Several news channels including Times Now, Aaj Tak, and India Today shared old visuals to make claims around the number of Chinese PLA soldiers killed in the Galwan Valley clash that took place between the troops of China and India on 15 June.
While the Indian side stated that the clash led to the loss of 20 Indian soldiers, the Chinese government has not released the official number of casualties yet.
Anchor Rohit Sardana claimed that news channel Aaj Tak had accessed “exclusive” footage of the graves of “40 PLA soldiers” who were killed in the 15 June clash. The bulletin showed an aerial view of a cemetery in which several graves could be seen.
While Aaj Tak claimed to show visuals of graves of “40 PLA soldiers,” Times Now, went a step ahead and claimed that the pictures aired by the channel show 106 PLA tomb stones and “reveal extent of Chinese casualties in June 15 Galwan clash [sic].”
Meanwhile, India Today ran visuals of a cemetery and satellite imagery to show number of graves present in Kangxiwa cemetery. The anchor said that the images show the “proof of China’s massive Galwan casualties.”
A set of images with similar claims was circulated by various Twitter users.
WHAT WE FOUND
One of the images in circulation shows that the cemetery has graves of soldiers who died in 1962.
When the front most grave was translated using Google translate app, it read: “Tomb of Zhao Shangquan, murdered in 1962.”
The Quint has not been able to independently verify the authenticity of the image.
An aerial view of the cemetery was aired on India Today channel claiming that it has 105 graves. Colonel Vinayak Bhat (R), defence expert, in the broadcast said there were 105 graves till as late as December 2019. He further said that due to lack of satellite imagery, it was difficult to comment on how many new additions have been made but “certainly there have been casualties.”
Fact-checking website Alt News traced the original coordinates of the infograph using Google Earth and found that it was from 2011.
The photo, indeed, shows 105 graves with 43 on left and 62 on right. Even India Today, in its 29 August article had used the same imagery and said that it was from 2011.
IMAGE FROM KANGXIWA DATES BACK TO 2011
Another viral image could be identified to be from the Kangxiwa cemetery of the Chinese military and could be traced back to 2011.
One can see that the left side of the cemetery has 43 graves with the last row having one grave.
Journalist Aadil Brar shared a set of images of the said cemetery in which the left one is from August and the right one is from April.
ADDITIONAL GRAVE ON THE LEFT SIDE
In the April image, one can see that the last row on the left has two graves instead of one, as seen in the 2011 photo.
Regarding, the number of the graves on the right, we could count 63 graves in total.
LEFT HAS 44, RIGHT SIDE HAS 64 GRAVES AS OF AUGUST
We found that the video aired by Aaj Tak was uploaded on Chinese website Bilibili on 24 August. In this visual, too, the last row on the left has two graves instead of one as seen in the 2011 image. Because of which, the total number of graves on the left comes out to be 44.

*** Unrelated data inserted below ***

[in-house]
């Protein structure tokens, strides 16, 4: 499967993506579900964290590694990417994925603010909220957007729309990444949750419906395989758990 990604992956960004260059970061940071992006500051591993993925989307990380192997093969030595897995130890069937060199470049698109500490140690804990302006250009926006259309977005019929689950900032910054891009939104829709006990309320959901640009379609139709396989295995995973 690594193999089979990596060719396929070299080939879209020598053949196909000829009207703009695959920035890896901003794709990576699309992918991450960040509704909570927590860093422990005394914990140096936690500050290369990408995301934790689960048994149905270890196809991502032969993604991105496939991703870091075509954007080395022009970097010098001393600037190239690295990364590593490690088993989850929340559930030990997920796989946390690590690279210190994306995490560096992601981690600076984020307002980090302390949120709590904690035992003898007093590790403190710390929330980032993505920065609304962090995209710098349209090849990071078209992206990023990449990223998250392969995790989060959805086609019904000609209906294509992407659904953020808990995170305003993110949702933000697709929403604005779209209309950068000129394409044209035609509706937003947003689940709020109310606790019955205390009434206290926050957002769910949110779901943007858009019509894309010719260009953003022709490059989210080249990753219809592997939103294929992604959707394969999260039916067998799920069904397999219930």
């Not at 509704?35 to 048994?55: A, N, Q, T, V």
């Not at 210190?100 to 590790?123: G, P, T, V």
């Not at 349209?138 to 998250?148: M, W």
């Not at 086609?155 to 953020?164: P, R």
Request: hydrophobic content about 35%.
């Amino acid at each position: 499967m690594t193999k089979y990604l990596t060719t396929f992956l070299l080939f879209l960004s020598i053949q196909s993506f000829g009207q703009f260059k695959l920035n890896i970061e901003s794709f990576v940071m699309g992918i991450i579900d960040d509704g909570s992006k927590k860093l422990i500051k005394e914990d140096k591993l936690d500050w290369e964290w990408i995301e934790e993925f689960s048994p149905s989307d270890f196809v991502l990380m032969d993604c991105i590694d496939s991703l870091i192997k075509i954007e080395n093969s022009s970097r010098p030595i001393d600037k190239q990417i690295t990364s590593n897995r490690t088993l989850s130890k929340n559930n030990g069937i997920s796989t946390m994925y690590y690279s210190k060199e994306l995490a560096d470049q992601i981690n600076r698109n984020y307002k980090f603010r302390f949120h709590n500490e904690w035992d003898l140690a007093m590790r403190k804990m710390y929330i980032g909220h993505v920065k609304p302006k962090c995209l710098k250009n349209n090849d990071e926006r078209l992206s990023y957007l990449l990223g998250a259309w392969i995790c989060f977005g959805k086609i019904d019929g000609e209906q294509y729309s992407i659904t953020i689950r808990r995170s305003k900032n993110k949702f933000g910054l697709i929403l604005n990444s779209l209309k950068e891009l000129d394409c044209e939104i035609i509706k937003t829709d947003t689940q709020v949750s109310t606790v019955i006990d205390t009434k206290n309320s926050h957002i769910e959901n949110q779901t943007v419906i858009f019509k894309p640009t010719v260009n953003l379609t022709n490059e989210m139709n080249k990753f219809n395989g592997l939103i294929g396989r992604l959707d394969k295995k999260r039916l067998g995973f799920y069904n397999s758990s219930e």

Now regarding the graves on the right, we noticed that there was an additional grave as compared to the April picture, bringing the total to 64.
Now, if we add the left number of graves and the right number, the total comes out to 44+64= 108.
108 GRAVES AS OF APRIL: CHINESE MILITARY
As per an article uploaded on the website of Chinese Defence Ministry in April 2020, the Kangxiwa cemetery has graves of 108 martyrs.
“After nearly a year of searching for relatives, among the 108 martyrs buried in the Kangxiwa Martyrs Cemetery, 59 relatives of the martyrs have been found,” Yang Baomin said, reads the article.
The 108 number was also mentioned in the video that was uploaded on 24 August.
Further, Alt News found that another picture telecasted by India Today, claiming that it shows China’s Galwan casualties, could be traced back to December 2019.
A Chinese website zhihu.com (similar to Quora) had uploaded the image in December last year. The date, at the end of the article, is mentioned to be 15 December 2019.
It is pertinent to note that there is another image which is doing the round and is claimed to be that of a grave of a PLA soldier who died in the Galwan clash in June.
When translated the text using Google Translate, we found that it reads: “Soldier of troop 69316, born in Pingnan, Fujian in 2001, and was sacrificed during the border defence struggle against India in June 2020."
However, The Quint hasn’t been able to independently verify the authenticity of the image.
Evidently, news channels aired old visuals with some dating back to 2011, while others could be traced back to 2019, claiming to show the graves of Chinese PLA soldiers who were killed in the Galwan Valley on 15 June.
(This story was first debunked by Alt News.)
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